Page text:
A week ago, I received a copy of the above book from the Canadian Capitalist giveaway. This is my first book review, so please bear with me. I will briefly summarize the topics covered and list what I like and didn’t like about this book. Let’s begin.
This book introduces us to the idea of retirement and breaks it down to different stages of our lives. Generally, it focuses on a “typical” couple living in Canada, and what they can expect living and working from their twenties until they reitre. I’ve briefly summarized each chapter below.
Ch. 1 Retirement Made Easy:
Figure out costs of your basic needs and what would be luxuries. Count on the government for Canadian Pension Plan (CPP) and Old Age Security (OAS) payments. Factor in pensions (if any), and Registered Retirement Savings Plan (RRSP). Figure out your level of risk. Balance your present with what you want to do in the future.
Ch. 2 Your Twenties:
Spend less than you earn and invest in yourself. Your earning potential is your biggest asset. Start to pay off your student loans, and learn how to make and follow a budget. Avoid consumer and credit card debt (“bad” debt), and if you must take out a loan (i.e., for a new car), know what your options are and do your research before you set foot in a car dealership.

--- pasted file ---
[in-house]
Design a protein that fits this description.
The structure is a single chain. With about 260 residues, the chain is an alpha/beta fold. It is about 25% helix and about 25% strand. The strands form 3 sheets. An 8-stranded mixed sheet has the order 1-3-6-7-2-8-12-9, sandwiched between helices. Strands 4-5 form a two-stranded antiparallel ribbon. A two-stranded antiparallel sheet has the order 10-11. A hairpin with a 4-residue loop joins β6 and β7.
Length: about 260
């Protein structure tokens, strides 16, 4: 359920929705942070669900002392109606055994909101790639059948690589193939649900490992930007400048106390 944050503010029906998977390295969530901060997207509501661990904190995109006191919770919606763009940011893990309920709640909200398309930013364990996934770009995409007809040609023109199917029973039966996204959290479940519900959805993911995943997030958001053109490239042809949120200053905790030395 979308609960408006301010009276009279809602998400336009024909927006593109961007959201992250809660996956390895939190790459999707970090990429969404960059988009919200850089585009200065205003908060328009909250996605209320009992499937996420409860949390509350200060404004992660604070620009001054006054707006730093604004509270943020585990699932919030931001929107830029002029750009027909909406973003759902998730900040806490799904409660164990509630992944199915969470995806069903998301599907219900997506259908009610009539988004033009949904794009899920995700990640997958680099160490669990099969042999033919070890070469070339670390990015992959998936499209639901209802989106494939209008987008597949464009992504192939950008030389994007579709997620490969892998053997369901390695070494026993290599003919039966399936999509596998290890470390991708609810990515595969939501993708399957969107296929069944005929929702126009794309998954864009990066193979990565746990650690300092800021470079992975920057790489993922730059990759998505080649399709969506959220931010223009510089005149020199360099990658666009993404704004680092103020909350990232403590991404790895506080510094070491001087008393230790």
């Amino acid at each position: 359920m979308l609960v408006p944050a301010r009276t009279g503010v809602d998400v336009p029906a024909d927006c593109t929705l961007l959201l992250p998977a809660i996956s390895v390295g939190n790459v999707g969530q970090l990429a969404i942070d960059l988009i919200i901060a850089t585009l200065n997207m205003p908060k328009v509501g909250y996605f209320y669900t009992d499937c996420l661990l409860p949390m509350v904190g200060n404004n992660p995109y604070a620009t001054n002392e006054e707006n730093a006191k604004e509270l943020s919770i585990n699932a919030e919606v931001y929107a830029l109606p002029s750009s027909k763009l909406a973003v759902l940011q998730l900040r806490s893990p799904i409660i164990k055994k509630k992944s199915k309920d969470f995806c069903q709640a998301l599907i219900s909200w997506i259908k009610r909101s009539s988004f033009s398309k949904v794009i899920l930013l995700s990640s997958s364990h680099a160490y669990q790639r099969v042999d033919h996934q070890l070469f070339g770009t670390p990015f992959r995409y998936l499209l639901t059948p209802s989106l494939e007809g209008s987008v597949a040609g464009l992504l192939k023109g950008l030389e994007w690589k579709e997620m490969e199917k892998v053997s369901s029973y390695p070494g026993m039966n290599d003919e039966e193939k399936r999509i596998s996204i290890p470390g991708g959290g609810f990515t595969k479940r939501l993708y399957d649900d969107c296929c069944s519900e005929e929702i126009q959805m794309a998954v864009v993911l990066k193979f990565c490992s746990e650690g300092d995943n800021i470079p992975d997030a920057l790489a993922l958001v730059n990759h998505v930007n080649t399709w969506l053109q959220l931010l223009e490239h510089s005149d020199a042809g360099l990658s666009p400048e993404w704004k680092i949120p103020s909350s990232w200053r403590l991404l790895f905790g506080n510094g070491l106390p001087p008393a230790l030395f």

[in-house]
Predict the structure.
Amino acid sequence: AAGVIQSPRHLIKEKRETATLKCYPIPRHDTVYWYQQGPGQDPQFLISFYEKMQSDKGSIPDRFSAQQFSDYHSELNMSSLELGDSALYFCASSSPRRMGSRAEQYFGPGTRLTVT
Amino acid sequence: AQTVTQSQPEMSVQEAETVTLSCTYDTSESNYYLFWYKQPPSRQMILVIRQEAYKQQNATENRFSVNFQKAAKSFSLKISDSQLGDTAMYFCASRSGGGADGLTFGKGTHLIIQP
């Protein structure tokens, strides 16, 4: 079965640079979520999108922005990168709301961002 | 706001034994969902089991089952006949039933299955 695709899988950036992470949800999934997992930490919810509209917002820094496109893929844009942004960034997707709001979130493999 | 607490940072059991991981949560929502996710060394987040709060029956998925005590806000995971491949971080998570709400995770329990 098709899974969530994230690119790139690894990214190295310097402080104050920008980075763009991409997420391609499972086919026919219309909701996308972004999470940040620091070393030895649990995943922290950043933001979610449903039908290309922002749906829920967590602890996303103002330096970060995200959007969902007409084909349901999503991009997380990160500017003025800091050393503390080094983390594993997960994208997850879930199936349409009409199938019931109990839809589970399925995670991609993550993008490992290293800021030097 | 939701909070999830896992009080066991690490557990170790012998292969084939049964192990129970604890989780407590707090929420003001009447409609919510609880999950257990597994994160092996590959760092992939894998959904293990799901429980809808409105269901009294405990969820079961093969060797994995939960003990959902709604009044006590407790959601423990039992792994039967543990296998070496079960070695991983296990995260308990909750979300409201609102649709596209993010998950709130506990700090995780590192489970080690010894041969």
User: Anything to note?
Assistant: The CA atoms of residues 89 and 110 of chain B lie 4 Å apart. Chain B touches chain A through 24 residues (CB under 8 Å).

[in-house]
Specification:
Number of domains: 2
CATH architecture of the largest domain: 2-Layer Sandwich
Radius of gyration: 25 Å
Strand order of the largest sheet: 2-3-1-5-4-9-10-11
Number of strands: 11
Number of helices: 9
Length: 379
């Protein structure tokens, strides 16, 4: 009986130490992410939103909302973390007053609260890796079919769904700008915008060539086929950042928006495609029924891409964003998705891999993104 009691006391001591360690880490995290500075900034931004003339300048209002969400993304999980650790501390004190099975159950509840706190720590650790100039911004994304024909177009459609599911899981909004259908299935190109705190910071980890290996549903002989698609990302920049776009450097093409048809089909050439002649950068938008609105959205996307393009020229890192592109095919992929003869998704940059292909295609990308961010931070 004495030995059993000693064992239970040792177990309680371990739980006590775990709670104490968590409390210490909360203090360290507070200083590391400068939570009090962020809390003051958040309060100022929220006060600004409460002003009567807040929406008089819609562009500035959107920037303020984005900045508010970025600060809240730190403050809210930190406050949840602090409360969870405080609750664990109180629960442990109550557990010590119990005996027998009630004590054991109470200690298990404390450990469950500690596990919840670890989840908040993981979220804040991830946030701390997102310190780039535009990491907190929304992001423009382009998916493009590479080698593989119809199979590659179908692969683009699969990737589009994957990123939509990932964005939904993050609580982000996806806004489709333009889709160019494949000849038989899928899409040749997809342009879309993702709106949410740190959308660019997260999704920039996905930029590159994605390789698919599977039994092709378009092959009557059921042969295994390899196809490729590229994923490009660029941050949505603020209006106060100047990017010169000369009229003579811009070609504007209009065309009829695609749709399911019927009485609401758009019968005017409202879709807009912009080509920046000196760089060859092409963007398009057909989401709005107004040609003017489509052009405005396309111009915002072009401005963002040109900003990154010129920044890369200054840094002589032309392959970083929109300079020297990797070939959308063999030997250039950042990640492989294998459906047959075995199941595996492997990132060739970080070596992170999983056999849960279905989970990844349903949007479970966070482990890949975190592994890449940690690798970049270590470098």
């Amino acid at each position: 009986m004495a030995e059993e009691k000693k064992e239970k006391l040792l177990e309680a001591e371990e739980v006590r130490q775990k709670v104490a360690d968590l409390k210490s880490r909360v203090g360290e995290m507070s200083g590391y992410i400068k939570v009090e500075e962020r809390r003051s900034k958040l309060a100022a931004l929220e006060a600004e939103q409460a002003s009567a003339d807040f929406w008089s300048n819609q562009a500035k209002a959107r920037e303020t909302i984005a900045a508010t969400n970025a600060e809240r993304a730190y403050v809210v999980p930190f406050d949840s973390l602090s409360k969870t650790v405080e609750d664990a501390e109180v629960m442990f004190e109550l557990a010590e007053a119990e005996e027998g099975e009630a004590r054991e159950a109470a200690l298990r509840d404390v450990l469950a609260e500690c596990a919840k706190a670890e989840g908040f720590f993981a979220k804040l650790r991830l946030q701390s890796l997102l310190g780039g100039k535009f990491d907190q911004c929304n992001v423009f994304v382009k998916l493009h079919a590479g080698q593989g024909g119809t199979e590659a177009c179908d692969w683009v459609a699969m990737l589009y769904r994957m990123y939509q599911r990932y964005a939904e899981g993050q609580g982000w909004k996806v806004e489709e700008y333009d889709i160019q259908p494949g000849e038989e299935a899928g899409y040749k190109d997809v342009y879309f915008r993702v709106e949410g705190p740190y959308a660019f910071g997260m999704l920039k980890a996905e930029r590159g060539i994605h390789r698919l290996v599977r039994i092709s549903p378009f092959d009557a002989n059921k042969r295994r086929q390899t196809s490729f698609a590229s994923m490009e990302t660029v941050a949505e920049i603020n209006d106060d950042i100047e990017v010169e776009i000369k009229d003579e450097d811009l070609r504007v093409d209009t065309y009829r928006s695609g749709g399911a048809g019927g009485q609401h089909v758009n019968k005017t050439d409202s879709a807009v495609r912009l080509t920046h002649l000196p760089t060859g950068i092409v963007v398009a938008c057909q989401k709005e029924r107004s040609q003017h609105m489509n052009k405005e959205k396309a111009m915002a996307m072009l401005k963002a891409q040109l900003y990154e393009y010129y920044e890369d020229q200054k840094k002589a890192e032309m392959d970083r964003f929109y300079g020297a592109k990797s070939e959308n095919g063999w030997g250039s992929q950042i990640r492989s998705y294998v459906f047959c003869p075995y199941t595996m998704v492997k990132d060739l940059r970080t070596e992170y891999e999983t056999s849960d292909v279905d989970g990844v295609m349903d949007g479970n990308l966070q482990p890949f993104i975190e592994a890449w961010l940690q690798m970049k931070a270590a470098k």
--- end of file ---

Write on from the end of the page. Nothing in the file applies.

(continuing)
Ch. 3 Your Thirties:
You will have a lot of expenses – try to stay afloat without incurring “bad” debt. Your mortgage, RRSP’s, TFSA, car payments, RESP, home expenses – you cannot do it all, all at once. Embrace “good” debt (i.e., your mortgage), and focus on paying that down. You will need to prioritize RRSP, and RESP. You may also have one spouse stay at home after a child is born – make sure to explore the tax benefits of this. Have an emergency fund for at least 3 – 6 months of expenses.
Ch. 4 Your Forties:
Your expenses will (likely) be less than your thirties. Your home is most likely paid off, and you have more flexibility to save towards RESP and RRSP. Check in with a (fee based) financial advisor to make sure you’re on track. Life changes may happen (i.e., divorce), so you may need to re-visit your budget and adjust accordingly. Consider a line of credit if you need money, and can pay it back relatively quickly.
Ch. 5 Your Fifties:
Even if you haven’t saved much towards your retirement, in your fifties, you have more flexibility to save very aggressively. Likely, you have no mortgage, and your kids are out of the house. Fuel your additional disposal income towards your retirement savings. Know what your investments are (i.e., risk factor, MER) and have a back-up plan. Know the perks of a pensions and be realistic about your retirement needs.
Ch. 6 Your Sixties:
Evaluate all your sources of income: CPP, RRSP, OAS and any pension. Evaluate what your needs in retirement are. Evaluate the benefits of retirement: no more CPP payments, lower tax bracket, etc. If you don’t have enough to cover your expenses (both basic and luxury), consider working part-time. Know how much you can safely withdraw each year.